7 steps to better travel photography
July 27, 2016
1. Craft an all-purpose set-up
Don’t be changing lenses on the streets of a foreign city. If you’re going to be roaming unfamiliar places and seeing strange sights with a camera in hand, you want to have a shooting set-up that means you won’t be fumbling around with gear. If you’ve got an interchangeable lens camera, then this means investing in a good all-purpose zoom lens – something like an 18-135mm, or even an 18-300mm if you can afford it. If you’re shopping for a camera then consider a travel compact – something like the Panasonic TZ70 (pictured) is designed for exactly this purpose, sporting a 24-720mm equivalent lens.
2. Get a wrist strap
Nothing says ‘tourist’ like the camera dangling around the neck, and it’s not even the safest or most efficient way of keeping a camera at the ready. Invest in something like the Peak Design Cuff Camera Wrist Strap, which allows you to keep your camera always on hand, literally, and without ever compromising its safety – and reaction speed can definitely be a key to better shots.
3. Get insured, for the worst
Insurance is a no-brainer, but still worth mentioning. Even if you’re the conscientious sort and have all your insurance documents printed, you should still plan for the worst. Think battery breakage. Think card corruption. Think about leaning too close to that water feature at the airport just before you get your flight home and your camera somehow tumbling in, taking your cards with it. A wi-fi enabled hard drive like those made by Western Digital (pictured) is a great way to back up on the go.
4. Plan routes, learn the locale
Whether you’re hopping around on the Paris metro or navigating the Rio favelas, it pays to research it beforehand. If you’re heading to a city, read up on how the transit system works – simply Googling ‘how to use public transit in [city]’ should sort you out. If you’re in more of a rural or secluded environment, do some sensible research on how to navigate and what kind of clothing is appropriate for the time of year.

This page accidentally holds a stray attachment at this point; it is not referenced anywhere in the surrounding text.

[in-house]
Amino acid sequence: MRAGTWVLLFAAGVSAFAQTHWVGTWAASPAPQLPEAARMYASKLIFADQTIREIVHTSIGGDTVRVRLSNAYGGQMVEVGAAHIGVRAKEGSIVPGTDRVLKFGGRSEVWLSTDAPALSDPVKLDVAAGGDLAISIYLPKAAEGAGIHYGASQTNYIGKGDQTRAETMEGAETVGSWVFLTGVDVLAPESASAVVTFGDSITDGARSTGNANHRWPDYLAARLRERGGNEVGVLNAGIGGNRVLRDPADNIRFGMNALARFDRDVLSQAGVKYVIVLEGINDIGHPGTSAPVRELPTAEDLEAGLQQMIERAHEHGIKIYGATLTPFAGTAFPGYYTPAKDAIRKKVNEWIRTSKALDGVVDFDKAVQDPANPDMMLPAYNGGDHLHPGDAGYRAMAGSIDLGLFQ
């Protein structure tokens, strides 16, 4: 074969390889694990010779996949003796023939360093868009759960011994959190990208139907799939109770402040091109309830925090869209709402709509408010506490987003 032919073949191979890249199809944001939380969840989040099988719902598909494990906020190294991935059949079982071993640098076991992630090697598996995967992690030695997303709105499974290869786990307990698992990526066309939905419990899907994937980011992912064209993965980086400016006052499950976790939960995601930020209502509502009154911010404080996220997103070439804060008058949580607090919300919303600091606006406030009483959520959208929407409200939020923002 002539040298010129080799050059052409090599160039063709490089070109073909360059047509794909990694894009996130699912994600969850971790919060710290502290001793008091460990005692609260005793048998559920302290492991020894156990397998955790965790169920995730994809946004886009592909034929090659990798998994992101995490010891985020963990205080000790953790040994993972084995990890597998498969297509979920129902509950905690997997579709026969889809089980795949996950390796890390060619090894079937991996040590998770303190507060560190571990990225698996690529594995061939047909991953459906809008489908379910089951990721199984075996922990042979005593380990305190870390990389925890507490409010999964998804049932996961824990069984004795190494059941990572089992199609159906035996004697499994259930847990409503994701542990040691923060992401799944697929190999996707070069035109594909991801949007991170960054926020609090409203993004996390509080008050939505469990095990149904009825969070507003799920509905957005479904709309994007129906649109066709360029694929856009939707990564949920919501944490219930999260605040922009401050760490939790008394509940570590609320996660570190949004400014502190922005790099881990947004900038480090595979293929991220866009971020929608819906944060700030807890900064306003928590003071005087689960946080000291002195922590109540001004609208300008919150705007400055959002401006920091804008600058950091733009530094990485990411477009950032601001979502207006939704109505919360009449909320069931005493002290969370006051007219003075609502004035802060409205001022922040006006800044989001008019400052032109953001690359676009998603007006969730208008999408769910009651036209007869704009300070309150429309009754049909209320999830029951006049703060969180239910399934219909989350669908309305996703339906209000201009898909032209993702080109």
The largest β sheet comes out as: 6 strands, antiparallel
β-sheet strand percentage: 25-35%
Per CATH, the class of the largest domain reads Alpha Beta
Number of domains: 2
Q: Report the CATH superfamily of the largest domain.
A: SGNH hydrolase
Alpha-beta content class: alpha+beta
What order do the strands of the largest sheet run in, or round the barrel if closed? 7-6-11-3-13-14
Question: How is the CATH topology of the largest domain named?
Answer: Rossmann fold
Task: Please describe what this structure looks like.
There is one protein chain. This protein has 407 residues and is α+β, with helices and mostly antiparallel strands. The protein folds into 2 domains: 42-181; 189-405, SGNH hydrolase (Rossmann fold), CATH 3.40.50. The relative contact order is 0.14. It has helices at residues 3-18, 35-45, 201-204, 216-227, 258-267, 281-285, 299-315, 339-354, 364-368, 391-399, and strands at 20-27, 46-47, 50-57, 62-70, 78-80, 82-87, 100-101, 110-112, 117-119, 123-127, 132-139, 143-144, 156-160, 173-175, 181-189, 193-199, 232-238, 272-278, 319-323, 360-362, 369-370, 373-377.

5. Talk to people
This is one that many photographers, comfortable behind several inches of glass and plastic, tend to neglect, but it’s one of the best and most time-honoured ways to get to know a place. Talk to people who live in the area. You’ll often find that people are surprisingly friendly and up for a chat, and striking up a conversation can lead you in all sorts of unexpected directions. You might find an event you didn’t know was happening (like an impromptu street dance I stumbled upon recently) or a little out of the way street that hasn’t yet made it to the guide books. Above all, you might find a good person to have a beer with when you’re done shooting.
6. Try shooting from the hip
This can be a good way to get out of your comfort zone and try something new and creative. Get out of the standard photographer’s pose, hold your camera low (with wrist strap firmly in place) and start clicking away without looking. See what you discover, what fresh new angles you create and what different perspectives you make on a scene.
7. And sometimes… put the camera away
Stay with us here. We all like going away to take photos. But that doesn’t mean you need to spend every second with your eye glued to the viewfinder and your finger hovering over the shutter. Travel is an experience to enjoy, and it’s always worth taking some time to savour the singular experience you’re having. So if you’ve been shooting for a while, stop at a café with a book for a while, or just stroll down a street without thinking about framing and exposure. You’ve earned it.